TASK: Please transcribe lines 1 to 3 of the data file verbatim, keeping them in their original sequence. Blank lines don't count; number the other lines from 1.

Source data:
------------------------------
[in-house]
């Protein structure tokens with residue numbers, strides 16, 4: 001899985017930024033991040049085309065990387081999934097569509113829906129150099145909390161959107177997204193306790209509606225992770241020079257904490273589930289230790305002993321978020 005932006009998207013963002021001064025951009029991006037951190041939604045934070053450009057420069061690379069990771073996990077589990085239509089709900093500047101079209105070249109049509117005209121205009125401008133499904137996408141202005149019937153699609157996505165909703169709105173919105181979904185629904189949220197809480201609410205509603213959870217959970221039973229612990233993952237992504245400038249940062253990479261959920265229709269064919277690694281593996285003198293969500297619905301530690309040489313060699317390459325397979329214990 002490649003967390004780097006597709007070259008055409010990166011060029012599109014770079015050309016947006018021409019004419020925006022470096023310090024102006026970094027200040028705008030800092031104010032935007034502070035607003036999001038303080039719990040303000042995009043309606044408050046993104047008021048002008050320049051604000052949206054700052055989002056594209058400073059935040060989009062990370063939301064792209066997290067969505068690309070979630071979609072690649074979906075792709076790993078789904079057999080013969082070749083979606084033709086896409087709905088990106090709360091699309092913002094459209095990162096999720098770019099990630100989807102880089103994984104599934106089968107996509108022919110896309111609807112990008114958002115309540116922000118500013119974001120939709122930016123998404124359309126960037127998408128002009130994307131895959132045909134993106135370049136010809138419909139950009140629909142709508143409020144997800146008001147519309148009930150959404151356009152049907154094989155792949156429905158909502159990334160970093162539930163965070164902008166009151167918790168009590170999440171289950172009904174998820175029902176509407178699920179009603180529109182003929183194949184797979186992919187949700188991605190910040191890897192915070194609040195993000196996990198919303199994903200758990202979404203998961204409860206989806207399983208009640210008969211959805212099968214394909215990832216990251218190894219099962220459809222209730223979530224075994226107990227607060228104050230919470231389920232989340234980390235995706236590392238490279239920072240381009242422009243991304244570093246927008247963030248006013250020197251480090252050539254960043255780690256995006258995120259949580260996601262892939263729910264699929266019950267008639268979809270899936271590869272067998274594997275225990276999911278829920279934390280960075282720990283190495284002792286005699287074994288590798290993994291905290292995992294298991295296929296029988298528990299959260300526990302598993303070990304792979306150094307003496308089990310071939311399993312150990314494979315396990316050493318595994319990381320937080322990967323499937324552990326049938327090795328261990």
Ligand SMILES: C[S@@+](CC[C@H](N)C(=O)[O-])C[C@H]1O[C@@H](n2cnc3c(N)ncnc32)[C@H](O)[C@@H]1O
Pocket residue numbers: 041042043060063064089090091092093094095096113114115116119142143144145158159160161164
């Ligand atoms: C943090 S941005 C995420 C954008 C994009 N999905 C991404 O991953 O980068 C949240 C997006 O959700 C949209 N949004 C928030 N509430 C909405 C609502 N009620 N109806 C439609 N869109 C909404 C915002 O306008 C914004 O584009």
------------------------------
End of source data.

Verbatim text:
[in-house]
């Protein structure tokens with residue numbers, strides 16, 4: 001899985017930024033991040049085309065990387081999934097569509113829906129150099145909390161959107177997204193306790209509606225992770241020079257904490273589930289230790305002993321978020 005932006009998207013963002021001064025951009029991006037951190041939604045934070053450009057420069061690379069990771073996990077589990085239509089709900093500047101079209105070249109049509117005209121205009125401008133499904137996408141202005149019937153699609157996505165909703169709105173919105181979904185629904189949220197809480201609410205509603213959870217959970221039973229612990233993952237992504245400038249940062253990479261959920265229709269064919277690694281593996285003198293969500297619905301530690309040489313060699317390459325397979329214990 002490649003967390004780097006597709007070259008055409010990166011060029012599109014770079015050309016947006018021409019004419020925006022470096023310090024102006026970094027200040028705008030800092031104010032935007034502070035607003036999001038303080039719990040303000042995009043309606044408050046993104047008021048002008050320049051604000052949206054700052055989002056594209058400073059935040060989009062990370063939301064792209066997290067969505068690309070979630071979609072690649074979906075792709076790993078789904079057999080013969082070749083979606084033709086896409087709905088990106090709360091699309092913002094459209095990162096999720098770019099990630100989807102880089103994984104599934106089968107996509108022919110896309111609807112990008114958002115309540116922000118500013119974001120939709122930016123998404124359309126960037127998408128002009130994307131895959132045909134993106135370049136010809138419909139950009140629909142709508143409020144997800146008001147519309148009930150959404151356009152049907154094989155792949156429905158909502159990334160970093162539930163965070164902008166009151167918790168009590170999440171289950172009904174998820175029902176509407178699920179009603180529109182003929183194949184797979186992919187949700188991605190910040191890897192915070194609040195993000196996990198919303199994903200758990202979404203998961204409860206989806207399983208009640210008969211959805212099968214394909215990832216990251218190894219099962220459809222209730223979530224075994226107990227607060228104050230919470231389920232989340234980390235995706236590392238490279239920072240381009242422009243991304244570093246927008247963030248006013250020197251480090252050539254960043255780690256995006258995120259949580260996601262892939263729910264699929266019950267008639268979809270899936271590869272067998274594997275225990276999911278829920279934390280960075282720990283190495284002792286005699287074994288590798290993994291905290292995992294298991295296929296029988298528990299959260300526990302598993303070990304792979306150094307003496308089990310071939311399993312150990314494979315396990316050493318595994319990381320937080322990967323499937324552990326049938327090795328261990």
Ligand SMILES: C[S@@+](CC[C@H](N)C(=O)[O-])C[C@H]1O[C@@H](n2cnc3c(N)ncnc32)[C@H](O)[C@@H]1O